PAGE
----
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Iraqi protesters temporarily end Green Zone sit-in

Iraqi protesters have announced their withdrawal from Baghdad's Green Zone after storming parliament a day earlier. The protesters have vowed to return by the end of the week if nothing changes.

The statement announcing the temporary end to their mass demonstration was announced on Sunday by Shiite cleric Moqtada al-Sadr's office, whose supporters make up the vast majority of the demonstrators.

"The protest organizing committee announces the withdrawal of the demonstrators from the Green Zone," the statement said, citing respect for a major Shiite pilgrimage as the reason for their departure.

A spokeswoman for the protesters said in a televised speech, however, that if none of the demands were met, they would resort to "all legitimate means," including civil disobedience. A protest has already been planned for Friday.

Protest against corruption

Following announcements over loudspeakers on Sunday, demonstrators were seen filing out of the Green Zone in an orderly manner.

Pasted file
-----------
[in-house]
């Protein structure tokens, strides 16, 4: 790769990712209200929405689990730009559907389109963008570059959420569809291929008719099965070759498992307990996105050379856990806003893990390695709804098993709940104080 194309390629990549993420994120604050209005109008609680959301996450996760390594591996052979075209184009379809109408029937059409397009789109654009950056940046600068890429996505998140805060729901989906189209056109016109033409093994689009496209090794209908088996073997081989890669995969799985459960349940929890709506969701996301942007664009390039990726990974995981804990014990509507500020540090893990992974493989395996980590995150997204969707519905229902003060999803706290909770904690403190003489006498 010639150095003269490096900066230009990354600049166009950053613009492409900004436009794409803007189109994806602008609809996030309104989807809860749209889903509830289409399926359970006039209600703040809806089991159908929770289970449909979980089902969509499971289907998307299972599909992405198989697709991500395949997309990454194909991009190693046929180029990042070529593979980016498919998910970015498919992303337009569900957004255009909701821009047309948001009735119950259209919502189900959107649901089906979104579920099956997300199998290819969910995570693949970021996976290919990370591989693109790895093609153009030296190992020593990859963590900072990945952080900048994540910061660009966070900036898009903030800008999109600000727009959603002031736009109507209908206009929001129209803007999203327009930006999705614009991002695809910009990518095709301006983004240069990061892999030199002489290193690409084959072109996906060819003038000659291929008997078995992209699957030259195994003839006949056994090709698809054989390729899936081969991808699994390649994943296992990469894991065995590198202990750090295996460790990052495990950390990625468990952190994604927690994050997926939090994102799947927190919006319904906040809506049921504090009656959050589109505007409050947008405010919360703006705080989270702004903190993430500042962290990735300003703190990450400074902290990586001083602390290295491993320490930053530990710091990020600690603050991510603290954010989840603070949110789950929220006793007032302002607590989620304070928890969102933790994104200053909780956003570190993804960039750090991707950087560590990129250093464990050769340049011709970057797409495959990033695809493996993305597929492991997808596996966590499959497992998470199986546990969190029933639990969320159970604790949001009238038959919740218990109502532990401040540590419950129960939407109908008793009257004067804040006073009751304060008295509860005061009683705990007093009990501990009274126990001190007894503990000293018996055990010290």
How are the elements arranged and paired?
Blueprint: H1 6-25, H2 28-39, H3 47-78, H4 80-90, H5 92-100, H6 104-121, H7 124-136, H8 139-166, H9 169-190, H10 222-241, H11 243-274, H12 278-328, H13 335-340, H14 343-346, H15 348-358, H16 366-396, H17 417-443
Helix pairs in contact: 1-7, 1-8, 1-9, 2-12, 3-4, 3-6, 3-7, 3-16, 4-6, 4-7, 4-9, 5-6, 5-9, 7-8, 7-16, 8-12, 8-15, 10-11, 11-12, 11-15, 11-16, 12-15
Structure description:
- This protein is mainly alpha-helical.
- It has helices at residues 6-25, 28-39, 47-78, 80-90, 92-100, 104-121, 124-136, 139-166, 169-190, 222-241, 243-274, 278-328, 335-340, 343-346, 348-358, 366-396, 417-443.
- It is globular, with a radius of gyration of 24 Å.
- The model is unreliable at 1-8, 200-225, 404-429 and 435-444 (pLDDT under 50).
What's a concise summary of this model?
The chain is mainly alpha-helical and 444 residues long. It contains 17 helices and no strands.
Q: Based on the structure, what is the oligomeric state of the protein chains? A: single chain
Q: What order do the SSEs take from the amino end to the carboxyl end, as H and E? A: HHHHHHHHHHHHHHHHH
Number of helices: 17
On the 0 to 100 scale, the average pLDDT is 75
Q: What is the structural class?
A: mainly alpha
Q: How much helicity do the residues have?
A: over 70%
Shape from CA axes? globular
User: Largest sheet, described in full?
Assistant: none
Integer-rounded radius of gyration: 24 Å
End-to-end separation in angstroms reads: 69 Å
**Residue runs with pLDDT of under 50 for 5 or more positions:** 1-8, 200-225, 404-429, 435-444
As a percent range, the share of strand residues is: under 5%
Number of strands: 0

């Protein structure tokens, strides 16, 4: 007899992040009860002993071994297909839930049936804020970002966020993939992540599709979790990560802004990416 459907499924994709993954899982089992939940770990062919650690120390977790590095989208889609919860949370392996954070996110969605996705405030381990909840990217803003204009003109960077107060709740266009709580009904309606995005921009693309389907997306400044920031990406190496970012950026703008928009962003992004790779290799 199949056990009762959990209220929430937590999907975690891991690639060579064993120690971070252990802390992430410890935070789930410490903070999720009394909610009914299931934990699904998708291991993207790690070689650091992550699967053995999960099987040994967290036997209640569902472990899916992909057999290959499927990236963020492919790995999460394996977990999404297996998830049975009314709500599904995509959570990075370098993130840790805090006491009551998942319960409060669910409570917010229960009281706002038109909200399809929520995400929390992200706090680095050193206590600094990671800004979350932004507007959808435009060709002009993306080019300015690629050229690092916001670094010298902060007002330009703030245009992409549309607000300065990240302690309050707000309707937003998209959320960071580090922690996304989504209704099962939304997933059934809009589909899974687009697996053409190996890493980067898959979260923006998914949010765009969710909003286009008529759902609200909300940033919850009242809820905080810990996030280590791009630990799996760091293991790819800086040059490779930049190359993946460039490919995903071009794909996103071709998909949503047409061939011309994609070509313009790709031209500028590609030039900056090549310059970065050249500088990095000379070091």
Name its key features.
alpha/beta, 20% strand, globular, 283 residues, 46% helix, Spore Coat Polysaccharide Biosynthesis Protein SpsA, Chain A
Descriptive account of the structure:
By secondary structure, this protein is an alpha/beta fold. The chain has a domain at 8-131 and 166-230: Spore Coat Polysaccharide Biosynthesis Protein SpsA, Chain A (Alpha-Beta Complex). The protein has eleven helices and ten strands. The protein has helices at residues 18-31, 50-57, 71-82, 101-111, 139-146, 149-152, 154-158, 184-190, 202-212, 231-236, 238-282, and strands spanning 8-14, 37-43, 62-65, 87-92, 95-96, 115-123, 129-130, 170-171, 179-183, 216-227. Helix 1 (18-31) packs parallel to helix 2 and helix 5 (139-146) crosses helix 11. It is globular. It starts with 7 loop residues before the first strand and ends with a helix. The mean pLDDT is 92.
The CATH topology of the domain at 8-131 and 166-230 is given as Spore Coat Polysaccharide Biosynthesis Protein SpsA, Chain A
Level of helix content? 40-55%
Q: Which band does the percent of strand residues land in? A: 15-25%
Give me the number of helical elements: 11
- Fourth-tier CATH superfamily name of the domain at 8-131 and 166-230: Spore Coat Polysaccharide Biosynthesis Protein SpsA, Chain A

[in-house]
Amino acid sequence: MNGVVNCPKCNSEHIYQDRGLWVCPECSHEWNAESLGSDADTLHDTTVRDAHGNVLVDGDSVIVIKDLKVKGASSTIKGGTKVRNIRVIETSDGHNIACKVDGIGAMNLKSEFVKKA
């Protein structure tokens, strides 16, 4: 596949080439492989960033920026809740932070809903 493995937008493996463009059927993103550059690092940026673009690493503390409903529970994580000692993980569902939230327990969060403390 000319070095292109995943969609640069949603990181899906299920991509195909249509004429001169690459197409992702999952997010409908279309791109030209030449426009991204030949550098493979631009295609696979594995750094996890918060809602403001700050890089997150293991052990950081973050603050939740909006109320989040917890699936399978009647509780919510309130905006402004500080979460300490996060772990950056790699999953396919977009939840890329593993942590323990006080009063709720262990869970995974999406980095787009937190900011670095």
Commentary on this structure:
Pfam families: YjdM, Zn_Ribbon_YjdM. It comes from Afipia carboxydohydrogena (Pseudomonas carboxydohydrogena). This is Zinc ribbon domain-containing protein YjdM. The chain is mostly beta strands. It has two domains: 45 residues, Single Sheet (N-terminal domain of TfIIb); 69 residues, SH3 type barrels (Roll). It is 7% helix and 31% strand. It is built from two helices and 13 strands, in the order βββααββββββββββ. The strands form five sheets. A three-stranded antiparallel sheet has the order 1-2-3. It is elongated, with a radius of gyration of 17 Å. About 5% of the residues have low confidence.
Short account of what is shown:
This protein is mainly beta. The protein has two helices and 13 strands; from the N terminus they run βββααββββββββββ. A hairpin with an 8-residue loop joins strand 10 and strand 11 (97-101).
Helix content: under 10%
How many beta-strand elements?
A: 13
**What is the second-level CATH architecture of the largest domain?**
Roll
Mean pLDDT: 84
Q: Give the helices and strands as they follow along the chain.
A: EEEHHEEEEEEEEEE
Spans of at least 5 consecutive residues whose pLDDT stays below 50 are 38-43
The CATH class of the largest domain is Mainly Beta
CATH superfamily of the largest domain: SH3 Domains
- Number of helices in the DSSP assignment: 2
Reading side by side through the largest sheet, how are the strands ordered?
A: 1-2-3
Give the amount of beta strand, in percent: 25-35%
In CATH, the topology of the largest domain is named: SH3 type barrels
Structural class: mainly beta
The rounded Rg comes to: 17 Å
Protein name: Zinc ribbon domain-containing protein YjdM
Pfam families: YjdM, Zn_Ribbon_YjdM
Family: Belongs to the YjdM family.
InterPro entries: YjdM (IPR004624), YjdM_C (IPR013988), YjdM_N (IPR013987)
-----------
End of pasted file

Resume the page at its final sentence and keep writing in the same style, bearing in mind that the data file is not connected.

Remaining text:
The withdrawal of the demonstrators came just a day after al-Sadr's followers tore down walls and poured into the Green Zone and storming parliament, where tear gas was reportedly used against some protestors.

Iraqi Prime Minister Haider al-Abadi ordered the arrest of protesters who attacked security forces, lawmakers and damaged properties of state institutions. On Sunday, however, security forces were not taking action against protesters inside the Green Zone.

Setting up camp in the heavily-guarded area

marked a culmination of months of sit-ins and protests calling for an overhaul

of Iraq's political system, which is widely seen as corrupt and ineffectual.

The Green Zone

The 10-square-kilometer zone once housed the US headquarters of the occupation force that entered Iraq in 2003. Prior to that, the headquarters building was the palace of deposed leader Saddam Hussein.

The compound is off-limits to the vast majority of Iraqis, prompting allegations from al-Sadr that the government is detached from the people.

The crisis in Iraq comes as Baghdad struggles to address an economic crisis - largely brought on by lower oil prices - and to fight the "Islamic State" (IS), which still controls large areas in the north and west.

Just hours before protesters began leaving the Green Zone on Sunday, Iraqi officials said

at least 23 people were killed and dozens wounded after IS militants detonated two explosives-laden cars

in the city of Samawah, some 230 kilometers (145 miles) south of Baghdad. A day earlier, at least 23 Shiite faithful were killed by another car bomb, also close to the capital.

ksb/rc (AFP, AP, Reuters)

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